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7 Reasons Not to Clean Up Your Fall Garden

1. Why Work When It’s Cold?

Look, I’m tired; you’re tired. So leave the garden alone. Plus it’s getting cold out. Do you really want to be outside working? Isn’t there a football game on or some pumpkin-spice latte to savor? Let the garden be for your own health and sanity.

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2. Wildlife is Hibernating

Lots and lots of insects and frogs, and who knows what else, are out there in your garden overwintering in leaf litter, on twigs, even in the top layer of soil. What happens when you “clean up” the leaves and chop down the plants? You might be tossing out a black swallowtail chrysalis or a mantis egg case, or stepping on a mourning cloak butterfly.

3. Protect Your Plants

Leaving the perennials standing will help them gather snow. That snow in turn will insulate the roots when it gets really cold and also add moisture to the soil. That’s a double win for low-maintenance gardening. Besides, isn’t this image just gorgeous? Viva snow!

4. Discover a New Dimension

You won’t want to miss frosty mornings when every leaf, stem and seed head is accented with fascinating patterns of silvery shadows — halos of ice and snow that make the garden exquisite. And did you know that a snowflake is a fractal — a mathematical equation — just like coastlines, mountain ranges, trees, sunflowers and even the human circulatory system?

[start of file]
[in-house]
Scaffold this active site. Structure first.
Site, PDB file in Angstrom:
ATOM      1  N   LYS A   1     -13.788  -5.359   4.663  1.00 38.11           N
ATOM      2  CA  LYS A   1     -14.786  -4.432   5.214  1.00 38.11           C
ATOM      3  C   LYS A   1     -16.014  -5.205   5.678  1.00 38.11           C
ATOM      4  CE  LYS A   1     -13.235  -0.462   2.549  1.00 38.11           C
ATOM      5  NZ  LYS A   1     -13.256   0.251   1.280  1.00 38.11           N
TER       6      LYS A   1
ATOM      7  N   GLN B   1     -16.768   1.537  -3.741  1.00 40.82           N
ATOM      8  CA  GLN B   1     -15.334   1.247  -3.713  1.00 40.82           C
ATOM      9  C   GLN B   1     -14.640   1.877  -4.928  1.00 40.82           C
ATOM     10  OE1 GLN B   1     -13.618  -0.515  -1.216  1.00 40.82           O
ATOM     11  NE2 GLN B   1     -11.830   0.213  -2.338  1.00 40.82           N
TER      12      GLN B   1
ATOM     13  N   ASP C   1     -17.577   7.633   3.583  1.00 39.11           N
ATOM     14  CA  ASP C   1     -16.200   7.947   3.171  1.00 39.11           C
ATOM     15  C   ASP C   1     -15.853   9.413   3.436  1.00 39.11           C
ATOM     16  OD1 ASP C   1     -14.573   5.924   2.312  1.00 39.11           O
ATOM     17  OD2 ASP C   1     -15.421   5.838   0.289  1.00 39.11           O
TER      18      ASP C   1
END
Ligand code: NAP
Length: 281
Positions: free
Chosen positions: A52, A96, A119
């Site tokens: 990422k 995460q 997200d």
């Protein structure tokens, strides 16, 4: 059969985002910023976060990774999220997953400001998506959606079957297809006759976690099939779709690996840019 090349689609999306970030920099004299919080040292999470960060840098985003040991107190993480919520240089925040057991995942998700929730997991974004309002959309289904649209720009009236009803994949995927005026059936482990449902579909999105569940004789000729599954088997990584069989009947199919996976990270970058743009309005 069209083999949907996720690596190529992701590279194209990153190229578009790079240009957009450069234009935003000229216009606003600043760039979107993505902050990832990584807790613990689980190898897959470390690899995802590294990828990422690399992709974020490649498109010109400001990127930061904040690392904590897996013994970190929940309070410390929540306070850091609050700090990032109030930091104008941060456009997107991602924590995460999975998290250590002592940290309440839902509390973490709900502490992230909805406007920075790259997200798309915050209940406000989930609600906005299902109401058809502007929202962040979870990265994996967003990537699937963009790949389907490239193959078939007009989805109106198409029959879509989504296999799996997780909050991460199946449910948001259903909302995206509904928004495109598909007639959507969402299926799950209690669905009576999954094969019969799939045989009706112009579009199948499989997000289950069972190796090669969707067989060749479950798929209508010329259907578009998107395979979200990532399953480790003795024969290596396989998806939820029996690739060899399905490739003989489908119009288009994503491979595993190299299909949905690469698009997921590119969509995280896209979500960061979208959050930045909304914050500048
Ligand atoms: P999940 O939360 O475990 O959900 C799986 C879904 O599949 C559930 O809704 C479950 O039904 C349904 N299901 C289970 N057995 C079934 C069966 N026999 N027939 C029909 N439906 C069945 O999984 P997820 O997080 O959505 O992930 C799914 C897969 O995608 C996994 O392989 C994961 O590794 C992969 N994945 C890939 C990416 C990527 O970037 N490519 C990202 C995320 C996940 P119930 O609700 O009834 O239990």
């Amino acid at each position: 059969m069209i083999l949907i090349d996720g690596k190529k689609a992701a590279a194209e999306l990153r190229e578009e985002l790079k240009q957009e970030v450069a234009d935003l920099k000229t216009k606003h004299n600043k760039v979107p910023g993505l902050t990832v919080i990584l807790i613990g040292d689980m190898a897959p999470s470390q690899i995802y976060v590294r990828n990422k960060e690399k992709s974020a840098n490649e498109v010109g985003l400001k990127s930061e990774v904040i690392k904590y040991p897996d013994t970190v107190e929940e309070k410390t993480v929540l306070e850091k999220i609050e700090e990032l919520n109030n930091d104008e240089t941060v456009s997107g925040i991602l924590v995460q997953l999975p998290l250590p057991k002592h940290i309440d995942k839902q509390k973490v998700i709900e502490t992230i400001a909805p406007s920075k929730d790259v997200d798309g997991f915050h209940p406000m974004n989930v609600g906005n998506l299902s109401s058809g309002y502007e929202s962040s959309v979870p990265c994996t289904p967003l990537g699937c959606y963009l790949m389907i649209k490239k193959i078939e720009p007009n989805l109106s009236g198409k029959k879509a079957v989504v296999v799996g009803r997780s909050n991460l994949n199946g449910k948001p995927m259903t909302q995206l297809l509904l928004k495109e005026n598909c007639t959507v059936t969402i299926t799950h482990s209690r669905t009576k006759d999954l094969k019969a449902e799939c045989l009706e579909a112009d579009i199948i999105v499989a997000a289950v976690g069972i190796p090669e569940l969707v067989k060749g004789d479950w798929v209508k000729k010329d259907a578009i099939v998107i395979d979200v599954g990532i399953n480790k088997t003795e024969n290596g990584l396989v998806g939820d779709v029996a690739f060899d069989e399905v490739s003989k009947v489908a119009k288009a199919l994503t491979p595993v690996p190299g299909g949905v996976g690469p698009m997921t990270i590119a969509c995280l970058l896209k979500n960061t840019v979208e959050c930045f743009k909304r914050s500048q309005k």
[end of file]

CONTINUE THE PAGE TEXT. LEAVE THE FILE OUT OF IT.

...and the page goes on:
Everything in nature can be mapped out with math, and nowhere is that more obvious than with a winter frost. Take your kids outside and expose them to a healthy double groan — math and nature.

5. Enjoy New Neighbors

Leaving up your plants welcomes all sorts of wildlife you’d never see, even though they’re quite common. One year this sharp-shinned hawk visited because juncos were taking refuge in the thick garden cover. The hawk did eventually nab a meal, but that’s OK — the garden was helping everyone, doing what nature does best and right out the back door. What a cure for seasonal affective disorder.

6. Even Robin Redbreasts Will Stop by and Surprise You

Did you know there are robins around in winter? They tend to roost in groups, going about only when thirsty or hungry. A heated birdbath is great, but so are all of those fermenting berries on shrubs and trees. Lots of other songbirds will also be enjoying seeds from standing perennial cover, too.

7. Gardens Thrive in All Four Seasons

When the first spring blooms arise, you won’t feel like you missed them (as much), because so much was going on in your garden all winter long — leaving the plants up makes winter seem shorter. Those first spring flowers won’t seem as much like a relief as a confirmation that a garden never really sleeps, and you’ll be seeing that firsthand in all four seasons.

My belief in leaving the garden alone in fall was cemented on a December morning, when a robin landed on a garden chest where I keep my tools. It balanced on the edge where some snow was melting and dripping to the deck below. The robin arched its head downward and pecked at each droplet. Soon a bluebird landed right behind the robin on the edge of the chest. Then another bluebird. All three were now lined up, ready to take their turn at the melting snow.

I have little doubt that if I hadn’t left the garden up, creating a welcoming space, I’d never have seen them. And I have little doubt that winter wouldn’t have meant so much, or been easier to get through, without the living beauty outside my door in a “dead” season so many of us gardeners unnecessarily loathe. Here are seven of the many reasons to leave your fall garden standing.

This content was originally published here.

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